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Article of the Month   by Corally Burmaster

I had a 13 month old Airedale referred to me by a training facility who felt they had done all they could do for him and that he now needed to go to someone who "knew" Airedales. When I spoke with the owners, it turned out that the problem was a twofold one, and had nothing to do with the fact that they were dealing with an Airedale.

To begin with, the class they had attended had not given them the tools necessary to teach the dog how to control himself. He should have had a head halter put on him to allow his owners to communicate with him more efficiently. They weren't able to show him what they wanted him to do so that they could reinforce it and, therefore, no learning had occurred over the course of the classes.

The second part of the problem turned out to be why they took him to an obedience class to begin with. The owners had four cats and it appeared that the Airedale didn't like them. He had chased them so unmercifully around the house that the owners now kept the cats in the lower section of their split foyer house, and kept the dog in the upper, everyone safely separated by gates. The constant vigilance necessary to maintain this security was no way to live.

Victor was a rescue Airedale, so he came with his own baggage. My discussion with the owners included the possibility that cat chasing might have been encouraged in Victor's previous life, and, if that were the case, they might not be willing to devote the time and energy that would be required to rehabilitate him. It might be necessary to rehome him to a family without cats. It hadn't occurred to the owners that someone might actually encourage a dog to chase cats, but they reluctantly accepted that this might be an unsolvable problem. I could tell, though, they wanted to give it their best shot. Victor arrived with the his entire family in tow. Literally. He was your typical teenage boy, all legs, the attention span of a gnat, energy that could expand instantly to fill the space available, and not a shred of self-control. He was wearing both a choke chain and a flat collar, neither one of which was the least bit effective. He lunged at me in sheer glee and as his owner tried to keep him from hitting his mark I instructed him to please just leave him alone. Victor slammed into me several times, his front feet reaching my shoulders and each time I waited until his feet hit the floor again and then clicked and treated. Within just a few minutes, he had figured out that he could get me to click and treat if he had all four of his feet on the ground, and so he just quite jumping.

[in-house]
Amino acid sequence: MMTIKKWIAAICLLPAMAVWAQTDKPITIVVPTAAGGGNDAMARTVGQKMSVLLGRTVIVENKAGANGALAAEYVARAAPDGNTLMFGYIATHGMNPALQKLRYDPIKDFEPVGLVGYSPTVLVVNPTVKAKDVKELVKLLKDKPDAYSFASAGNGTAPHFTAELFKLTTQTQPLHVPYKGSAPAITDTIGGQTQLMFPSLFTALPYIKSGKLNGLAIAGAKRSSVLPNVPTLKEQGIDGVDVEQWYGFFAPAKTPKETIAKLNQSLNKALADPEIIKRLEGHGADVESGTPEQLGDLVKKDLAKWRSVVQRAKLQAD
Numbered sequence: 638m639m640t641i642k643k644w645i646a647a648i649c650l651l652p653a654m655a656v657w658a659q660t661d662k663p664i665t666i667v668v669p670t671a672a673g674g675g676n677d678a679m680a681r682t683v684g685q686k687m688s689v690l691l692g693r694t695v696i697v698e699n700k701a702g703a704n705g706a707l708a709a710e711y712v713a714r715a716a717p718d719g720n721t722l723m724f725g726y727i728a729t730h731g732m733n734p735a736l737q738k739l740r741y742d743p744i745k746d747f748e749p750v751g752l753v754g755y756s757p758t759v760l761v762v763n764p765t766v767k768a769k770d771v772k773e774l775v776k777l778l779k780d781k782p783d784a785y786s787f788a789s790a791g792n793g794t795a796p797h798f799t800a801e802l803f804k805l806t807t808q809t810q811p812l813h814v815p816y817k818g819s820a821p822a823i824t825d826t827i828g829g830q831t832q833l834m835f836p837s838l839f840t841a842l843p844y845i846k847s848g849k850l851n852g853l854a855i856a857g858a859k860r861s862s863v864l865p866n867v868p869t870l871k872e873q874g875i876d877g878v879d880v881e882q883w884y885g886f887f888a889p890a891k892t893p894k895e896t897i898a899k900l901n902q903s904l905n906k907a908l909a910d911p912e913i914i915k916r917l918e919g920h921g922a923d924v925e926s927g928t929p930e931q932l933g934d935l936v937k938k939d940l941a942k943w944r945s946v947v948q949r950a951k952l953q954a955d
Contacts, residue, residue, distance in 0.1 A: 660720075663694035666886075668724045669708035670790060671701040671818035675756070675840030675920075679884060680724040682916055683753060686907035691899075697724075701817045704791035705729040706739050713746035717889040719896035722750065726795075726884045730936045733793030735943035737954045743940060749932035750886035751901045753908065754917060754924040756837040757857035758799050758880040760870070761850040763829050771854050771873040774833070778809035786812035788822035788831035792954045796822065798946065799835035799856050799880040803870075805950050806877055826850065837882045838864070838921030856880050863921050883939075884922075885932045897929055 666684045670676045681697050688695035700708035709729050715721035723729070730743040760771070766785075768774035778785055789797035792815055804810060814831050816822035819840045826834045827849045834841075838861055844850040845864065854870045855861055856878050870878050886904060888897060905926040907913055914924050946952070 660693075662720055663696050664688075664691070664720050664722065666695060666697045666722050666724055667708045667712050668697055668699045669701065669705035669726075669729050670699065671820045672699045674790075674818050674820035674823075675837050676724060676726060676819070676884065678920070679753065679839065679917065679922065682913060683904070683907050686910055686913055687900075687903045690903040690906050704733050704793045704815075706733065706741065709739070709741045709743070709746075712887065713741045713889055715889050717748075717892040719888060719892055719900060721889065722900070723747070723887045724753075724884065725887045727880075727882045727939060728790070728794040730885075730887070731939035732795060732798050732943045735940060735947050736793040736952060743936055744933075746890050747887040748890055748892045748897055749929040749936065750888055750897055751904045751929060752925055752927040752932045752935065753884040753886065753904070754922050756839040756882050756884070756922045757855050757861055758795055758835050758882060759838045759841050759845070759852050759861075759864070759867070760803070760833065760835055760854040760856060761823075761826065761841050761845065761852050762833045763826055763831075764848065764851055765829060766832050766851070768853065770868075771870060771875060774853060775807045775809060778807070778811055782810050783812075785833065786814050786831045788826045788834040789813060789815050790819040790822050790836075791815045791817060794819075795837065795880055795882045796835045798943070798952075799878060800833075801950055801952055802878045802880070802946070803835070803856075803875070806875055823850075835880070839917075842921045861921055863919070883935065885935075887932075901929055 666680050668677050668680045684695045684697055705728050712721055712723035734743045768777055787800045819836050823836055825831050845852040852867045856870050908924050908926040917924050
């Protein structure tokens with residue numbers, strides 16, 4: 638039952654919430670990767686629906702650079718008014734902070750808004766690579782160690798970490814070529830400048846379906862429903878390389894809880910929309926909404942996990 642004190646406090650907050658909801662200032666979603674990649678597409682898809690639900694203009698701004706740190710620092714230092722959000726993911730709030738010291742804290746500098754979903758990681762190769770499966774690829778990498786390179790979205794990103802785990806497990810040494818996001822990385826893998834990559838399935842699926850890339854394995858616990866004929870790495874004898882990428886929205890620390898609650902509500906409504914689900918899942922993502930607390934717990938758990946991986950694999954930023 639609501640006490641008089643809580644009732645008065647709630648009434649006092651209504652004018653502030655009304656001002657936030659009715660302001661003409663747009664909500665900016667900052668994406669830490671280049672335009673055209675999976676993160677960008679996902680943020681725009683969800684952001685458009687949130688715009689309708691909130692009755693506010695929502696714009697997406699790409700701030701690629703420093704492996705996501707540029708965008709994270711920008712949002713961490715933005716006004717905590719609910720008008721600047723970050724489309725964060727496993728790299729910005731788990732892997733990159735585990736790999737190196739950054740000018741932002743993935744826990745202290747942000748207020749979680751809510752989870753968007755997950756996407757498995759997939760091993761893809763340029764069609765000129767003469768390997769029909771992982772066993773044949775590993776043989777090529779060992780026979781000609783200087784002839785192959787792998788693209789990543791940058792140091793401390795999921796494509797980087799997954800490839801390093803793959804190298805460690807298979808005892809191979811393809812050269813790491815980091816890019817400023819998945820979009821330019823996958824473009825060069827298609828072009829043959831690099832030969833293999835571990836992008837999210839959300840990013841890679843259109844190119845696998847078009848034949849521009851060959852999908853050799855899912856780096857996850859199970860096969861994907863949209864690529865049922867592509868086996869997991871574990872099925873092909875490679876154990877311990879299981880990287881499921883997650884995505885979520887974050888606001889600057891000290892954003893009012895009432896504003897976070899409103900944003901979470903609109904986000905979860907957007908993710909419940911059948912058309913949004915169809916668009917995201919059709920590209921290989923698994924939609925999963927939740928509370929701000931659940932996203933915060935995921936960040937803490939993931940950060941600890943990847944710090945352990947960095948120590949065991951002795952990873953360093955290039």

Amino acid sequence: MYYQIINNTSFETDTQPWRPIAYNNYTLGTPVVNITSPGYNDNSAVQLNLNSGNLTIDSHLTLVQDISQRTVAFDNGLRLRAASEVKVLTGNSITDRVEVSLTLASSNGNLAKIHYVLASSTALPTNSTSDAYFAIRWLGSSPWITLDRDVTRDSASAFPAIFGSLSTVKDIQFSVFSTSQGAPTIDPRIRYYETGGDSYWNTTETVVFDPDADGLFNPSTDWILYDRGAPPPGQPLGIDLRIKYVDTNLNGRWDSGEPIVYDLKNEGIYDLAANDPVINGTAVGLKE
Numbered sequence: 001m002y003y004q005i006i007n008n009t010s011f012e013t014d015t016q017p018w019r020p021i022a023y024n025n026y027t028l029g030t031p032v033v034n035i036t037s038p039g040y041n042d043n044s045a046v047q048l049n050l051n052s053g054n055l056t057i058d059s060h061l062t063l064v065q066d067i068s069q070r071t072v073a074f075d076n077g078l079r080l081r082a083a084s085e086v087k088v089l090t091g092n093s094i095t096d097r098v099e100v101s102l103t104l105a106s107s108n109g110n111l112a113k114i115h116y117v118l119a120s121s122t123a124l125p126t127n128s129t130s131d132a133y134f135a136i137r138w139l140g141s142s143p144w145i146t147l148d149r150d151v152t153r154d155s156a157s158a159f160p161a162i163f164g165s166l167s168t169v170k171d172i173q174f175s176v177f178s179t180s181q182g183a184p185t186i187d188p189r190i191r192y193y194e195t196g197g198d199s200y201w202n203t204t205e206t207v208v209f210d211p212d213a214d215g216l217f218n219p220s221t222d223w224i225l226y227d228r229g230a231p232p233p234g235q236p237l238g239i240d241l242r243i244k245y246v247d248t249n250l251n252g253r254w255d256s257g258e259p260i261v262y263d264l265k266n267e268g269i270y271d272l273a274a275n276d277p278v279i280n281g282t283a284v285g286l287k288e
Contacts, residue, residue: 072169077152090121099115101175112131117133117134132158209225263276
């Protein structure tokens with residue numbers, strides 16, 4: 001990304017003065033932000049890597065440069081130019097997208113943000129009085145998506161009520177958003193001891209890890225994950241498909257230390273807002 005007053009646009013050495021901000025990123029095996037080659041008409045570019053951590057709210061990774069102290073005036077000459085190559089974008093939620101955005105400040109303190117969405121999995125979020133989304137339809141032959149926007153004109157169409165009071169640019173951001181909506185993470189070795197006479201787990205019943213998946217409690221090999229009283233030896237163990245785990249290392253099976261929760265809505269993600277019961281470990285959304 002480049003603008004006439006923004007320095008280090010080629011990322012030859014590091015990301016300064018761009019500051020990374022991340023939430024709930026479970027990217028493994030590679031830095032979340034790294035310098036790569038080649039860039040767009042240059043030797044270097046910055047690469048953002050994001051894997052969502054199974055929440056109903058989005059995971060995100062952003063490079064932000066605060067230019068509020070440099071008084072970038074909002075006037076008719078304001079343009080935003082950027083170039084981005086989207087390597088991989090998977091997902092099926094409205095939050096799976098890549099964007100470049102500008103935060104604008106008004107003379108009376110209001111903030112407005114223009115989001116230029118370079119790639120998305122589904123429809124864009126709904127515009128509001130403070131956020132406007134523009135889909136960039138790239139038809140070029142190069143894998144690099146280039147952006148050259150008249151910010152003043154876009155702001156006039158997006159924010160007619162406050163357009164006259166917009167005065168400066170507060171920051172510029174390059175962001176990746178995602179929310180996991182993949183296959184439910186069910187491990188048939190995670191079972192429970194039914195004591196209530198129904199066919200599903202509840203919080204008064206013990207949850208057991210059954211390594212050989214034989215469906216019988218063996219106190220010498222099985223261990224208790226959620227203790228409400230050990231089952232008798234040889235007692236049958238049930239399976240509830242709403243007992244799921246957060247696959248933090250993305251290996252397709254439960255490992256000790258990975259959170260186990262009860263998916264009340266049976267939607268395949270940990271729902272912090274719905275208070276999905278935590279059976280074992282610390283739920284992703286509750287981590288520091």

I fit him with a Gentle Leader (a head halter similar to those used on horses that allows you to control the dog's head) and walked him around, and after a few histrionics that he discovered didn't work, he quit fighting and altered his strategy. He'd go out as far as he could go on the leash and then stand there leaning his weight against it while I played "tree." When he got tired of leaning in one direction and getting nowhere he would simple head in another direction and lean again. I clicked him each time he took the tension off the leash and pretty soon he was more interested in focusing on me than on his surroundings.

When I had reasonable attention from him and he was beginning to catch on to this clicker thing, I brought my new 10 week old kitten, Kit Kat, out to the garage and put her in a large wire crate. (Lest you think I was abusing the poor dear, you should understand that she is an understudy to Chatty Cat, the Airedale Tamer. She wrestles with the puppies and smacks Jazz in the face when Jazz tries to lick her adoringly. She is full of curiosity but holds no fear where dogs are concerned.)